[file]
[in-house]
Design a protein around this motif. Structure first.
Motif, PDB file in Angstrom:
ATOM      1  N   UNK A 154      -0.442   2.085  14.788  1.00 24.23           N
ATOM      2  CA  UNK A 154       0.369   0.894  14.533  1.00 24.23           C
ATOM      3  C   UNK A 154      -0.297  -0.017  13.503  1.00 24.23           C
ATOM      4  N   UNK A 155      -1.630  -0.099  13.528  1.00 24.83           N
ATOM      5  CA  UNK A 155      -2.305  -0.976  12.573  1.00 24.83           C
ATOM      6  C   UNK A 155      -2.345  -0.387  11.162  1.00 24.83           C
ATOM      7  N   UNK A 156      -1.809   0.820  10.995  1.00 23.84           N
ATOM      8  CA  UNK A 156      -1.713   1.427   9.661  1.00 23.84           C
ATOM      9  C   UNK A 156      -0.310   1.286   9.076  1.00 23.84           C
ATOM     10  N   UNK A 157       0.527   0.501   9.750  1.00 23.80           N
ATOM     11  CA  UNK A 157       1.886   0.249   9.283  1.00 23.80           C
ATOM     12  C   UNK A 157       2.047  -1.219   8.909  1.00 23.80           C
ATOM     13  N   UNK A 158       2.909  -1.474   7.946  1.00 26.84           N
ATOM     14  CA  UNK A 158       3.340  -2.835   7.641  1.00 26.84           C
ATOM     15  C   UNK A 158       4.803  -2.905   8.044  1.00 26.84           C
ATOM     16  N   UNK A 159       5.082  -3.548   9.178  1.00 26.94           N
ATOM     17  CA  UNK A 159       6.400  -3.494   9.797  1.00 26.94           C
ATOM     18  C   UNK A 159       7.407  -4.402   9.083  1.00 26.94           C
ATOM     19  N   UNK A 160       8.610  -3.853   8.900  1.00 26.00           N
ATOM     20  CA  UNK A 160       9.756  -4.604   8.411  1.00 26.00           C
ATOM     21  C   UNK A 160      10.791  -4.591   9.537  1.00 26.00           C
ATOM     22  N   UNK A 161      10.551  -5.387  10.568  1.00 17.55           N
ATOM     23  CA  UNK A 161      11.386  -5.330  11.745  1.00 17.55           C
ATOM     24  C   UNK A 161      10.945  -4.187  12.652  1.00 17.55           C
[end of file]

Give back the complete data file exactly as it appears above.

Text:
[in-house]
Design a protein around this motif. Structure first.
Motif, PDB file in Angstrom:
ATOM      1  N   UNK A 154      -0.442   2.085  14.788  1.00 24.23           N
ATOM      2  CA  UNK A 154       0.369   0.894  14.533  1.00 24.23           C
ATOM      3  C   UNK A 154      -0.297  -0.017  13.503  1.00 24.23           C
ATOM      4  N   UNK A 155      -1.630  -0.099  13.528  1.00 24.83           N
ATOM      5  CA  UNK A 155      -2.305  -0.976  12.573  1.00 24.83           C
ATOM      6  C   UNK A 155      -2.345  -0.387  11.162  1.00 24.83           C
ATOM      7  N   UNK A 156      -1.809   0.820  10.995  1.00 23.84           N
ATOM      8  CA  UNK A 156      -1.713   1.427   9.661  1.00 23.84           C
ATOM      9  C   UNK A 156      -0.310   1.286   9.076  1.00 23.84           C
ATOM     10  N   UNK A 157       0.527   0.501   9.750  1.00 23.80           N
ATOM     11  CA  UNK A 157       1.886   0.249   9.283  1.00 23.80           C
ATOM     12  C   UNK A 157       2.047  -1.219   8.909  1.00 23.80           C
ATOM     13  N   UNK A 158       2.909  -1.474   7.946  1.00 26.84           N
ATOM     14  CA  UNK A 158       3.340  -2.835   7.641  1.00 26.84           C
ATOM     15  C   UNK A 158       4.803  -2.905   8.044  1.00 26.84           C
ATOM     16  N   UNK A 159       5.082  -3.548   9.178  1.00 26.94           N
ATOM     17  CA  UNK A 159       6.400  -3.494   9.797  1.00 26.94           C
ATOM     18  C   UNK A 159       7.407  -4.402   9.083  1.00 26.94           C
ATOM     19  N   UNK A 160       8.610  -3.853   8.900  1.00 26.00           N
ATOM     20  CA  UNK A 160       9.756  -4.604   8.411  1.00 26.00           C
ATOM     21  C   UNK A 160      10.791  -4.591   9.537  1.00 26.00           C
ATOM     22  N   UNK A 161      10.551  -5.387  10.568  1.00 17.55           N
ATOM     23  CA  UNK A 161      11.386  -5.330  11.745  1.00 17.55           C
ATOM     24  C   UNK A 161      10.945  -4.187  12.652  1.00 17.55           C